Most of us feel tired from time to time, especially after a bout with the flu or on a Monday morning. But what about the kind of tiredness that doesn’t go away, day after day, no matter how much coffee you drink or how many naps you take? If you find yourself in a constant state of fatigue with a severe lack of energy, you may want to ask your doctor about chronic fatigue syndrome.

What Is Chronic Fatigue Syndrome?

Once thought to be an “all in your head” disease, chronic fatigue syndrome is now recognized as an actual (and debilitating) condition characterized by extreme fatigue that can’t be explained by any underlying medical condition.

Symptoms include fatigue, memory loss, trouble concentrating, sore throat or flu-like symptoms, enlarged lymph nodes, unexplained muscle or joint pain, headaches, unrefreshing sleep, and constant mental and physical exhaustion.

The cause of this disorder is unknown and there is no test for it. Diagnosis is made only after other possible diagnoses have been ruled out and symptoms have continued for four months in adults (three months in children).

Chronic Fatigue Syndrome is also referred to as CFS, systemic exertion intolerance disease (SEID), or myalgic encephalomyelitis (ME).

What Is the Difference Between Chronic Fatigue Syndrome and General Tiredness?

Most of us go through seasons where we don’t get enough sleep and feel tired all the time. The difference between this kind of exhaustion and chronic fatigue syndrome is being able to take a nap and feel better. With CFS, the exhaustion runs deep, and no amount of sleep will make you feel refreshed.

Can Diet Improve Chronic Fatigue Syndrome?

When you’re feeling exhausted all the time, eating healthy can be a challenge. You may end up eating too much junk because you’re too tired to cook, or failing to eat at all because it takes too much effort.

And then there are all of the claims floating around that a specific kind of diet can cure all of your symptoms (Paleo! Gluten-Free! Blood Type!). People who feel better going on these types of diets usually have an undiagnosed food intolerance that improves when that specific food is removed from their diet. Before making a drastic change, it is important to ask your doctor or dietitian about the right way to do a proper elimination diet to root out a true intolerance.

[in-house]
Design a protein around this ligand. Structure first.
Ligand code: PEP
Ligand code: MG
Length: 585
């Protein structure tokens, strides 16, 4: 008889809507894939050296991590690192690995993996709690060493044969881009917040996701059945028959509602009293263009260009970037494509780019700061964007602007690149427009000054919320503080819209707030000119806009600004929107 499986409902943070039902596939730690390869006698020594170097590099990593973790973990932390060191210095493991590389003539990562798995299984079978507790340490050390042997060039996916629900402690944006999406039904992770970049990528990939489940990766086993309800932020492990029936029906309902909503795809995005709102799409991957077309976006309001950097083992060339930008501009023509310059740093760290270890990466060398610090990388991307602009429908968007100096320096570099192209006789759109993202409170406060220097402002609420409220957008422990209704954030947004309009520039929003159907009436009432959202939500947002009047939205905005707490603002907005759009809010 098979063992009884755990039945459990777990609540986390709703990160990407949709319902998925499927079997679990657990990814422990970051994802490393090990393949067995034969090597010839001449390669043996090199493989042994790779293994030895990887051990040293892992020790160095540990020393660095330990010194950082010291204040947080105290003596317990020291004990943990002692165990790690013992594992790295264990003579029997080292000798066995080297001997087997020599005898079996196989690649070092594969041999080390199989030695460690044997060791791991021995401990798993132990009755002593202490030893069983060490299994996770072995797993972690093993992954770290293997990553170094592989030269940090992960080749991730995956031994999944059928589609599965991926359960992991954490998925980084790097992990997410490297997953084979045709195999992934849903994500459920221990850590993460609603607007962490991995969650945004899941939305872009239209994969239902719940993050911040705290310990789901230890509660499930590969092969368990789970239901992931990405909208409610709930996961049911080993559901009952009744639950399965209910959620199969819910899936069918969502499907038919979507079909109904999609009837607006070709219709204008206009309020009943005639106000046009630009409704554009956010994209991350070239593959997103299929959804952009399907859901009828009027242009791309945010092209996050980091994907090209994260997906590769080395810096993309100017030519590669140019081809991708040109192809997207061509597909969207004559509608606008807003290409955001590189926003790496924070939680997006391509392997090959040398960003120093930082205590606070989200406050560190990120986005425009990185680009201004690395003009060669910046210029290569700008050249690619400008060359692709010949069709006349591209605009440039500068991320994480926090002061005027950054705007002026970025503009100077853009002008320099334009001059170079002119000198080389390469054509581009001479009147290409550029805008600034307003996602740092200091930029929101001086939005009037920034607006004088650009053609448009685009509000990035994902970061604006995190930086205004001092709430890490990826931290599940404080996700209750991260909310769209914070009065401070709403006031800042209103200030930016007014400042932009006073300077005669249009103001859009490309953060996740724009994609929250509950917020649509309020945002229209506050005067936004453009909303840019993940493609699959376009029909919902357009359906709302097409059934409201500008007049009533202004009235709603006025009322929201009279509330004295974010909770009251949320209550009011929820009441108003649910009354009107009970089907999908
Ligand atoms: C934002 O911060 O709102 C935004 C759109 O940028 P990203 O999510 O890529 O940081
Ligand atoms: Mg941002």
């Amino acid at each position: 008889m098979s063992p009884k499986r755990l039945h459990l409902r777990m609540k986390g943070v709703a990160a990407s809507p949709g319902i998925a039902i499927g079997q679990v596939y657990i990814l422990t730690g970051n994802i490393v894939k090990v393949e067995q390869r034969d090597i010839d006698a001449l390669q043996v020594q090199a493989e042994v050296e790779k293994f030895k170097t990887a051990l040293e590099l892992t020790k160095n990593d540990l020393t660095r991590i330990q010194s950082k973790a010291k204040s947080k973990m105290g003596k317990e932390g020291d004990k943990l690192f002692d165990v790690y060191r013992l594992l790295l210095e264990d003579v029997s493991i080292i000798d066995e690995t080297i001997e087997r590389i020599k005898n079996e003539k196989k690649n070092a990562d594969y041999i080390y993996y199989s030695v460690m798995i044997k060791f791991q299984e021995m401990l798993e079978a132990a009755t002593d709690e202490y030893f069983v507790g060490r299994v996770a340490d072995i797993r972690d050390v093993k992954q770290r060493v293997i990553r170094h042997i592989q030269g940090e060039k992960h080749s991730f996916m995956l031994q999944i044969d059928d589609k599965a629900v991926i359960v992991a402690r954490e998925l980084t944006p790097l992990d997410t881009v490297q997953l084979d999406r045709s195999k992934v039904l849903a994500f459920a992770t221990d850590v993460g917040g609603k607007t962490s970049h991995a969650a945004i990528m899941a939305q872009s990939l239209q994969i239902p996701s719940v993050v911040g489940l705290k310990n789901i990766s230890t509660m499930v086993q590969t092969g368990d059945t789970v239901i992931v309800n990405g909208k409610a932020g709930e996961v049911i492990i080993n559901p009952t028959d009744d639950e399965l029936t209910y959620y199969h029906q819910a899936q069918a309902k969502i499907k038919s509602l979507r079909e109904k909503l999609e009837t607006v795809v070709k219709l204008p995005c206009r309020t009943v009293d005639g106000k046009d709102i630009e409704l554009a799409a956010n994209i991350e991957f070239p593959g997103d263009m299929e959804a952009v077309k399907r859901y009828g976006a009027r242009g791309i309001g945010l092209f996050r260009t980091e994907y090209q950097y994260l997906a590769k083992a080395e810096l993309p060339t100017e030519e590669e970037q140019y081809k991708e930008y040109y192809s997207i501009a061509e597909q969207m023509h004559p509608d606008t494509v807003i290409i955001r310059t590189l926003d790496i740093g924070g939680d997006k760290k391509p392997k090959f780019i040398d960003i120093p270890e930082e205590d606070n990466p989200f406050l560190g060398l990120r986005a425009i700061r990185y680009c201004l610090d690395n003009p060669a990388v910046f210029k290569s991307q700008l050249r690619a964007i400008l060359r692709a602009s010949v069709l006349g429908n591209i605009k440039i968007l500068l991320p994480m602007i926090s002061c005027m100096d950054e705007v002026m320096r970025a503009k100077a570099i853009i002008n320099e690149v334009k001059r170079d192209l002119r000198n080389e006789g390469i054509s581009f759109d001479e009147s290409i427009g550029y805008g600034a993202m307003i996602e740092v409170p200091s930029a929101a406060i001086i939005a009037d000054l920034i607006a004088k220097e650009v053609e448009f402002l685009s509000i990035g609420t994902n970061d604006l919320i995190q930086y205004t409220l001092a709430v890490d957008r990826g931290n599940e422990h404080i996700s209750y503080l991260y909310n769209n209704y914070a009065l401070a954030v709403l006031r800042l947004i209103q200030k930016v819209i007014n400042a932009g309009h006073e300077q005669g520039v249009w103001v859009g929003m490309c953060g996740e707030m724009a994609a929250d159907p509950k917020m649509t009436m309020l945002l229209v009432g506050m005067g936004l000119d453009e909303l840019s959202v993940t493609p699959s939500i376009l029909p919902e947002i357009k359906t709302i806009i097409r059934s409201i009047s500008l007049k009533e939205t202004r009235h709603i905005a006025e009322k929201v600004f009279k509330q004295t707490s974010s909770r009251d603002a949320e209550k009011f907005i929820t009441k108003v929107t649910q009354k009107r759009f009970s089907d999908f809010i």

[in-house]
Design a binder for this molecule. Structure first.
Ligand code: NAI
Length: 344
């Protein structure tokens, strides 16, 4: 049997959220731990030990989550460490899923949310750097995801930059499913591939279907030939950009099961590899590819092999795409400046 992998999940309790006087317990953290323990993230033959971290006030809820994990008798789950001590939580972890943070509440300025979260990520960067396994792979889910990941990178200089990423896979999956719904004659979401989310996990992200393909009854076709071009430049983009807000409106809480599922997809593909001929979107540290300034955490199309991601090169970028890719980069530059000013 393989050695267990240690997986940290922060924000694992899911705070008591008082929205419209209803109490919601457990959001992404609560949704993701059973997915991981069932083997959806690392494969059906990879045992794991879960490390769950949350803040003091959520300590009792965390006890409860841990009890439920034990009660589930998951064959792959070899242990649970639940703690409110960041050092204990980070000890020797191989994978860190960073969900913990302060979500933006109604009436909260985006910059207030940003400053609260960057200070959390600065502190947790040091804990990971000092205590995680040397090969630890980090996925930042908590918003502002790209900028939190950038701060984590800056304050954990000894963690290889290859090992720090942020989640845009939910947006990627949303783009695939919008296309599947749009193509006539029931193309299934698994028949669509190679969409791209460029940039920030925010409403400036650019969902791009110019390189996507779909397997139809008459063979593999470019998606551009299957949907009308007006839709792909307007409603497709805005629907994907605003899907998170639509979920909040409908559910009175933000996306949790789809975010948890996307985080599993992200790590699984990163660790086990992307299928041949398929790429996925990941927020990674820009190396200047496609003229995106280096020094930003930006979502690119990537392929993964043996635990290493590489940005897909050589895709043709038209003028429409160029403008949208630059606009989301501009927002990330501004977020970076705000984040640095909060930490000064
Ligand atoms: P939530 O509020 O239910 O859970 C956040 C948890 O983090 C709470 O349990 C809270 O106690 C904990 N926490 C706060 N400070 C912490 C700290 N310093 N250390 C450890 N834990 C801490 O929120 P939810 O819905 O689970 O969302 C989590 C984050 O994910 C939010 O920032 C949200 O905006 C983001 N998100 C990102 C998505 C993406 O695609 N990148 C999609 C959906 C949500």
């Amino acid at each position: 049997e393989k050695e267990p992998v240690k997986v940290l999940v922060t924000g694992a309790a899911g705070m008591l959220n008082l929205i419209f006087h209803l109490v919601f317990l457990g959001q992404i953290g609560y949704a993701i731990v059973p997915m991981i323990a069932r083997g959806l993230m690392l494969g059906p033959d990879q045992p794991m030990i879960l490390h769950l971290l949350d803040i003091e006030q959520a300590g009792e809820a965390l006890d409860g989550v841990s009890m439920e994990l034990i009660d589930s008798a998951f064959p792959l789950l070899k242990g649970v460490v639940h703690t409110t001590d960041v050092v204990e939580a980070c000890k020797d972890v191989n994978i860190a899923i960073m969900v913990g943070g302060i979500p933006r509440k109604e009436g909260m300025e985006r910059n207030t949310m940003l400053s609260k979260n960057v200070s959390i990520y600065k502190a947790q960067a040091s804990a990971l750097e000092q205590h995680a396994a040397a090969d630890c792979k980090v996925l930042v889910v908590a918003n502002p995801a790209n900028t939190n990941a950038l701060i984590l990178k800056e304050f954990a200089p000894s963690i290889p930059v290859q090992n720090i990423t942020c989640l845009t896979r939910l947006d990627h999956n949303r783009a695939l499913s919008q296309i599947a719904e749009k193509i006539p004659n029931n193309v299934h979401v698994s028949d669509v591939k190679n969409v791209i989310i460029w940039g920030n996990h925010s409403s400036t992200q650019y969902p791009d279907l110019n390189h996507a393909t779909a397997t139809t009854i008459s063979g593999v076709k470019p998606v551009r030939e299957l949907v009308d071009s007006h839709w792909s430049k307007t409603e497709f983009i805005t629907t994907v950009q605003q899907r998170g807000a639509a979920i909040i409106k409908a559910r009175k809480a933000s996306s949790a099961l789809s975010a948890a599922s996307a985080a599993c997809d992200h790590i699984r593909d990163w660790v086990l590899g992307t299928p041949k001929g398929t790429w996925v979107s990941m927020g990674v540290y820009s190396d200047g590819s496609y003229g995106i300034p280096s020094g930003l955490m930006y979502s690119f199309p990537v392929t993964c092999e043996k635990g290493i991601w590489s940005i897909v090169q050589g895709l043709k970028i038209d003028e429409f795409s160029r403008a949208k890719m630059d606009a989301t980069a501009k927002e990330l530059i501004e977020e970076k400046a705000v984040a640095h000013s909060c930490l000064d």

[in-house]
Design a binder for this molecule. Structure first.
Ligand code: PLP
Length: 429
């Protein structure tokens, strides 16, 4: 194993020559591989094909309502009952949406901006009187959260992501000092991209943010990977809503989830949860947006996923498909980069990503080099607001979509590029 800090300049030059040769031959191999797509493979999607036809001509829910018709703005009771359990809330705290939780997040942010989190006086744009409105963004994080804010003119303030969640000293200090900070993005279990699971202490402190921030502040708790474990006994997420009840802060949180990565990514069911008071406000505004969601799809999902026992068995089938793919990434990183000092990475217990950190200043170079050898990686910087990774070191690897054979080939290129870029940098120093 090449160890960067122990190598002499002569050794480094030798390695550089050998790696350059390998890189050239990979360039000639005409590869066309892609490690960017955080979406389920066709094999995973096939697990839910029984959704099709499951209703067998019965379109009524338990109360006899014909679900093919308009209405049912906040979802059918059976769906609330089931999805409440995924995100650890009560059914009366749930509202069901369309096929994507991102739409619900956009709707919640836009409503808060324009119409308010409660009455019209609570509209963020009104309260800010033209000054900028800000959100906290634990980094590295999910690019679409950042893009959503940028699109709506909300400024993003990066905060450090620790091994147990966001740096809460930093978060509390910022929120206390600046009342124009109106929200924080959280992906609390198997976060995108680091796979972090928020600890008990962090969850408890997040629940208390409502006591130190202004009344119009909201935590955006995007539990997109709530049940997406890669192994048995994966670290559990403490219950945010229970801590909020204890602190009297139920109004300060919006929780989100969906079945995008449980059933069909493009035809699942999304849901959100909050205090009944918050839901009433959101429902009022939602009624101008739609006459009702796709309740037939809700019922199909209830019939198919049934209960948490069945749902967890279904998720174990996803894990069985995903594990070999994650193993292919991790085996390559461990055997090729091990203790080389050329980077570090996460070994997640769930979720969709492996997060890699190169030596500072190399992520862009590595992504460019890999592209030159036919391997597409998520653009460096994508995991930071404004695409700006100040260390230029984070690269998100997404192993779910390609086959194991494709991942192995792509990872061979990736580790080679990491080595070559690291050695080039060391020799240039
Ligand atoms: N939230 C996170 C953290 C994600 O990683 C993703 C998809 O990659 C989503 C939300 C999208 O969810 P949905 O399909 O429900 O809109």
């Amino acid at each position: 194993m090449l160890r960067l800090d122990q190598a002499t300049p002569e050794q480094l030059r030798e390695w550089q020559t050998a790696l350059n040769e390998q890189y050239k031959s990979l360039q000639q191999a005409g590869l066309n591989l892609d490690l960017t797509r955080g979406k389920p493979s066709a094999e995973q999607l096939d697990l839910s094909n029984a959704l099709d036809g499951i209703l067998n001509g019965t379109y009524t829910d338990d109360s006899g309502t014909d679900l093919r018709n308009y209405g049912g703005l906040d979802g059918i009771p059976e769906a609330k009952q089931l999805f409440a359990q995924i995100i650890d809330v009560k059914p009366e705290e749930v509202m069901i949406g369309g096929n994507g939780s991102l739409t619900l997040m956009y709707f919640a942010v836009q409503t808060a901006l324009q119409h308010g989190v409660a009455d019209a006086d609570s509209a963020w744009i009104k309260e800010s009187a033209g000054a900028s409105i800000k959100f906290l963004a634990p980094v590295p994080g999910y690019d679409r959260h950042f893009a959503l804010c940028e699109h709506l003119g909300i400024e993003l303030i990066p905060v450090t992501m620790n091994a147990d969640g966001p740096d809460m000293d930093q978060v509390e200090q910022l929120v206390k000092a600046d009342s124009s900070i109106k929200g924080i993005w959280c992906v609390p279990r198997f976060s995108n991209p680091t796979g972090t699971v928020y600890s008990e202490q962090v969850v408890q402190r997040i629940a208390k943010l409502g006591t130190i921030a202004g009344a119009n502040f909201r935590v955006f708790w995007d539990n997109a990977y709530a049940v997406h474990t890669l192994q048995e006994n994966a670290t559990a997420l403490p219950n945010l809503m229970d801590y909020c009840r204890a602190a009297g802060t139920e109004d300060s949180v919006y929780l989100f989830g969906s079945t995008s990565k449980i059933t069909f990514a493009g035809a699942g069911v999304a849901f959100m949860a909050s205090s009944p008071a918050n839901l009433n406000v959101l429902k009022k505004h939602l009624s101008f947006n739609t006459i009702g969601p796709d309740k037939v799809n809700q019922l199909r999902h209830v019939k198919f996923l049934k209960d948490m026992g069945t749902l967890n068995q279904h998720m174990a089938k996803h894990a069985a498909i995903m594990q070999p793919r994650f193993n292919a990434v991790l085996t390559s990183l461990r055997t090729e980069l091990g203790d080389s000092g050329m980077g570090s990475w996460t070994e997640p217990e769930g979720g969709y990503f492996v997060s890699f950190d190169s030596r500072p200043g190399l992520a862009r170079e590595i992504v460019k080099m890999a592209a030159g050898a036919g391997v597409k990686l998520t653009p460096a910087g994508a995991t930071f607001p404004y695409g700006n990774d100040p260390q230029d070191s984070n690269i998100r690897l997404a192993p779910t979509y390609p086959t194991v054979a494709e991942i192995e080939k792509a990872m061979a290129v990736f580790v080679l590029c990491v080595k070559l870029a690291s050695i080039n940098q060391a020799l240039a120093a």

As much as possible, do your best to eat a balanced diet with plenty of fruits and vegetables, protein, and quality carbohydrates. Avoid highly processed food, hydrogenated oils (trans fats), and drinks that are high in sugar. Many people with chronic fatigue find that eating small meals and snacks often, every three to four hours, can help improve energy levels.

Use days when you have more energy to do a little extra meal prep so when you have a hard day, there is something healthy to eat. When you cook, make extra and freeze individual portions for a quick meal. Take advantage of things like pre-cut veggies, brown rice bowls, bagged salad, and rotisserie chicken. Not everything healthy has to be made from scratch!

What About Supplements?

More research needs to be done before specific supplement recommendations for chronic fatigue can be made. However, it is important to have blood tests done to rule out any specific deficiencies you may have.

In a comprehensive review of nutritional studies by Melvyn R. Werbach, M.D., the following supplements were named as possibly helping with CFS. (As a reminder, check with your doctor before beginning any kind of supplementation protocol.)

Most of us only need to clean up our diets, exercise a little more, and get better sleep to combat fatigue. But if you have tried everything and are still exhausted, ask your doctor about chronic fatigue syndrome.